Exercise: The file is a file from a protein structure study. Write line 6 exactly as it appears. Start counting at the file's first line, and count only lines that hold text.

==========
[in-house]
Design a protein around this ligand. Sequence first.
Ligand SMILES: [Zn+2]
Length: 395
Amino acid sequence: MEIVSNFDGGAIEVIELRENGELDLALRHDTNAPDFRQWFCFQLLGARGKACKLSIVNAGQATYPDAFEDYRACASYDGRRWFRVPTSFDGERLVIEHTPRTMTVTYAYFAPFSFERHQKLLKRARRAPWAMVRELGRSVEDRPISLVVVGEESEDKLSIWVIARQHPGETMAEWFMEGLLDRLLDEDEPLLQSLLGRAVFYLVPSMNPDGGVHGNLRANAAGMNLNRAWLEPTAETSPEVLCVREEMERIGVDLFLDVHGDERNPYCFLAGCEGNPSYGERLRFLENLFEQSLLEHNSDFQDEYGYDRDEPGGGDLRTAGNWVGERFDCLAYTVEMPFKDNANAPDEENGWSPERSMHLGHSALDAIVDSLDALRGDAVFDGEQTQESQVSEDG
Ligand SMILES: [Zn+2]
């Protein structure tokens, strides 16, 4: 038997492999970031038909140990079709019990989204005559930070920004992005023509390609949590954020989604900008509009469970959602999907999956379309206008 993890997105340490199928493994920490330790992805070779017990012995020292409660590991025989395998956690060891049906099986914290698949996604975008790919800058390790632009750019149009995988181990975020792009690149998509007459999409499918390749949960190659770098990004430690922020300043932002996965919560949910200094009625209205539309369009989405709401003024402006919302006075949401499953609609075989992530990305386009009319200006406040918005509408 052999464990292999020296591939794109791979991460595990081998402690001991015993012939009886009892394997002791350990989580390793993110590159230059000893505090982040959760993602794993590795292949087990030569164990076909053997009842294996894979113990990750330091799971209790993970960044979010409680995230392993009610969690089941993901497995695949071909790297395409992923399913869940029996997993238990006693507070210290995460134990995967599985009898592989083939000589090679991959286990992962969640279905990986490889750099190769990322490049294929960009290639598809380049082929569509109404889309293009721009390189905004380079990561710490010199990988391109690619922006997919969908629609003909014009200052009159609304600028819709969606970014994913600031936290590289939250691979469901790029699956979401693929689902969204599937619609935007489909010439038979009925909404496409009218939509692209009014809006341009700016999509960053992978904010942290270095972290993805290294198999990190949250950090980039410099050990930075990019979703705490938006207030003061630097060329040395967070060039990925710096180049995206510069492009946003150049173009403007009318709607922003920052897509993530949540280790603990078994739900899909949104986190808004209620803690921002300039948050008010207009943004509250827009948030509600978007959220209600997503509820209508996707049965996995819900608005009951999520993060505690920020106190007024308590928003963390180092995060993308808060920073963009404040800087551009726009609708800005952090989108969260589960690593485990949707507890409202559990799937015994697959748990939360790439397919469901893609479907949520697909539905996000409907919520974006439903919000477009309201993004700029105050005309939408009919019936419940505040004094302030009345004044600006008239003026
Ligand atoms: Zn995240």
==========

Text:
Ligand SMILES: [Zn+2]